These pieces have actually been available for months, but I’ve realized that the only thing stopping me from getting back in blogger shape is myself. During this time I’ve had a stupor of though about the fate of this blog, seeing as my train of thought which had been running a clear direction three years ago suddenly took a very large turn. Whatever the case, I will never give up composition as a hobby, but my output will be more limited in terms of variety. Because I probably will not study the orchestral arranging and directing in the near future, I aim to steer in the direction of writing for small ensembles, if not simply for solo piano. The piano has enough grandeur to give me as a performer suitable happiness because of its already immense capacity as a solo instrument.
Well here I finally present to you two pieces that I hope can give you a sense of hope as you play. I also hope that one day one of my pianist friends will be able to record these for me without all the mistakes that I make in doing so so that these sounds would be enjoyable to listen to as well.
I haven’t much to say about anything that I write, except that the subtitle for this piece is indeed taken from the nursery rhyme about the demise of an egg, but additionally and more accurately alludes to a specific story in the Book of Mormon.
I find the nearly ternary simplicity in the form of this piece quite pleasing. But alas, it can’t always be this way.
It is difficult to classify this music in terms of form and I really don’t feel qualified in giving names to my creations, so at this time these will be known as preludes. But as always, I leave the rest up to imagination.
I only really upload these audio files for my sake, but really, these are all computer-generated and are terrible to listen to. Anyway this is a viola solo that’s meant to be played over vocal drones. Please excuse me as I think deeper thoughts than necessary.
So this had been assigned for a while and yesterday had come up before I still had any idea what I wanted to do. The first problem is that I lack intelligence when it comes to strings, so that was a slight hindrance. Bowing slurs and multiple stops still have me confused.
But the larger battle that has been happening within me is what I want my music to do. It may have something to do several of my teachers being composers of new music, but I certainly have changed the way I listen to practically everything by this point. I’m finding that I truly appreciate modern music the way I do with the older tradition, but I think this has greatly affected the way I compose. This solo is very tonal and simplistic, and several months ago I would have been much more pleased with it than I am now. Now I’m not so sure that this style defines any part of me even if I achieved the American folk sound I wanted. There used to be rules to break, now there are no rules. I feel like my ideas have been reduced to randomness.
Yesterday in composition class we split up into groups and had a minute each to write a measure of a piece, then pass it onto the next person. Obviously what I thought was different from what the others were thinking, but more so than I imagined. I completely disregarded any sense of tonality, diatonicism, rhythmic pattern, or even logical establishment of meter, which became obvious as that wasn’t quite what my group had in mind, and the ending result was entertaining but I couldn’t help but feel that perhaps I’m not on the right track after all. After that, I wrote this piece in a completely unadventurous style. Maybe someday I’ll grow to like it again.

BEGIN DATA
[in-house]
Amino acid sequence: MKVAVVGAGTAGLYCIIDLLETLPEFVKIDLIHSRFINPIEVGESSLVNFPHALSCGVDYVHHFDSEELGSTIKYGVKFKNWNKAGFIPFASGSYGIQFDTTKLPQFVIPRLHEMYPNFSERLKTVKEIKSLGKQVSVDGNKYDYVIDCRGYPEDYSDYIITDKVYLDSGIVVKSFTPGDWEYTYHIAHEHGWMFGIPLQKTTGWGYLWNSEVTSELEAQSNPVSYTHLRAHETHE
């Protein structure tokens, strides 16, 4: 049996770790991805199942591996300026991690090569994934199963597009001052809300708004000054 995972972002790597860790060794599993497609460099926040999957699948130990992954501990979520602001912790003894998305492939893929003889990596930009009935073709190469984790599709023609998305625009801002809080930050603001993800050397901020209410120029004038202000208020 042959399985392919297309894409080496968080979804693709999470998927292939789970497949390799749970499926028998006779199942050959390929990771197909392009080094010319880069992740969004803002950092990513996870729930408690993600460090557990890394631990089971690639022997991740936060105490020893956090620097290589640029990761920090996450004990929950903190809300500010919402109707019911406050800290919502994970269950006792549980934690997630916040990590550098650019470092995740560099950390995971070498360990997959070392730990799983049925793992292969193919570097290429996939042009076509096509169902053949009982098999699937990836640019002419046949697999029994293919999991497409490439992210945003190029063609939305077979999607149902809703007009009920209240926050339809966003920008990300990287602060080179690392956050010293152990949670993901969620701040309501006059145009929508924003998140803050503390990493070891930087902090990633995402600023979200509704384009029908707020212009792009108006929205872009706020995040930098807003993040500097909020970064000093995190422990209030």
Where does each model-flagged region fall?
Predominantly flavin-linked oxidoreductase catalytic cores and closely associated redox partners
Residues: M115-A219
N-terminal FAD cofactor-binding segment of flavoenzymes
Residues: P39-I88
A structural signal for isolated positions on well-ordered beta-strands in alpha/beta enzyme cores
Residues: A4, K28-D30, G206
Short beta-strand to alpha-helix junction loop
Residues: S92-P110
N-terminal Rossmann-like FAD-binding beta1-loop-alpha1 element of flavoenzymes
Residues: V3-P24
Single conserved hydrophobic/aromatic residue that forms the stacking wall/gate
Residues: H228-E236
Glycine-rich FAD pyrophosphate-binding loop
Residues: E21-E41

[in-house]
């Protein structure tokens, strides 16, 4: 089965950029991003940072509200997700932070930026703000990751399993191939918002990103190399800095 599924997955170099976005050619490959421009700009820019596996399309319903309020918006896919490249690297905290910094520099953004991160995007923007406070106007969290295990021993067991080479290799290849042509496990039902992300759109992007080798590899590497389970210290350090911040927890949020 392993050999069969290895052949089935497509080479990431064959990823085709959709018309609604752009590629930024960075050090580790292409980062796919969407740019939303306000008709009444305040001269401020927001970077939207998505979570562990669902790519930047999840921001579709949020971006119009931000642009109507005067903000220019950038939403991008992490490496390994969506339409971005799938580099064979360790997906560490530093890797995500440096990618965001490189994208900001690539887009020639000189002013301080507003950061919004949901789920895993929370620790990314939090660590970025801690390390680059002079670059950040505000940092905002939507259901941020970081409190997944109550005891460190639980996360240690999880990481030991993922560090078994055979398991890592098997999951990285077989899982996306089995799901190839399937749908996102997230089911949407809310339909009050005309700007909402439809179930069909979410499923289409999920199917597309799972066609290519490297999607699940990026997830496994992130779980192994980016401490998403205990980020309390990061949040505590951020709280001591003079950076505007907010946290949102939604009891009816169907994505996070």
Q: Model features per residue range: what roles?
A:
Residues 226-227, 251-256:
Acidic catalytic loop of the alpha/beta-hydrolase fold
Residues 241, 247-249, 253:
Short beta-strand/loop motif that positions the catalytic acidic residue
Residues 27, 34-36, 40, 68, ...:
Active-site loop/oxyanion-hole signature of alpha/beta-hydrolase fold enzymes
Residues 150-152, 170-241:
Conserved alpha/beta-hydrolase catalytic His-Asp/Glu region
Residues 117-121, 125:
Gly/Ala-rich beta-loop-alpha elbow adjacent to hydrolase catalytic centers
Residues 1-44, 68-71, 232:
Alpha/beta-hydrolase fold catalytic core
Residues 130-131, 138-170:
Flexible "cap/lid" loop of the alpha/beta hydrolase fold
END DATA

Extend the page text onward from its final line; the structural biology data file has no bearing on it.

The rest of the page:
I began a fast movement that uses interval pairing but then decided to finish the slow movement to turn in tomorrow. A piece for clarinet and piano; I knew fully that all of these compositional techniques are atonal, but I thought I would squeeze it into a tonal context, and of the result I’m not too sure; after all I’m simply “adding tools” to my differently equipped toolbox, right? But I think this will give insight to the way I write. The clarinet solo uses two intervals throughout. I didn’t know how to incorporate this into the piano so I did not succeed there, but it’s still different than my usual.
They just keep getting better and better, and I feel even less responsible for my music now and I’ll tell you why. The assignment was to compose a duet for flute and vibraphone in which only certain pitches could be used. In class each student chose a random pitch and the resulting scale was a combination of them all. This does not include their pitch classes.
I’ve always tried to avoid randomness for the most part in my pieces, even though I’ve heard it is a relatively common contemporary practice. That of course might be the reason, but as a writer I want to feel responsible for all the sounds that I make, and sure I’m just picking and choosing from this scale. But the pitches were random, and the only centricity it has lies in the fact that a pitch can only be played in its register. That also means creating melodies that are harmonically independent of each other. Which I guess is alright.
Wow I wish I had spent more time on this but it’s due tomorrow so I’ve got what I’ve got. And lots to read… Anyway, another challenge that I already knew was beyond me, but this was my shot at it. Tone cluster music! And no one time signature for more than a measure. I suppose I cheated when I alternated 3/4 an 6/8 for the dyad melody, but that’s only because I still consider myself orderly enough to not only have have a definite tonal center but at least a mostly repeating meter. But, limitations will be limitations. Kind of hoping to avoid this many clusters in my future music.
So I already considered Leo Ornstein to be a genius. His late works involving extensive use of the tone cluster seemed to make more sense than some of Cowell’s or Ives’. The below Wild Men’s Dance is one of his signature and best and is really quite catchy. I also found this incredibly difficult to notate; how did he get all those notes in there? And how does he make them sound so GOOD?
Sorry, I can neither play the above piece nor my own at this time. It would be pretty cool though.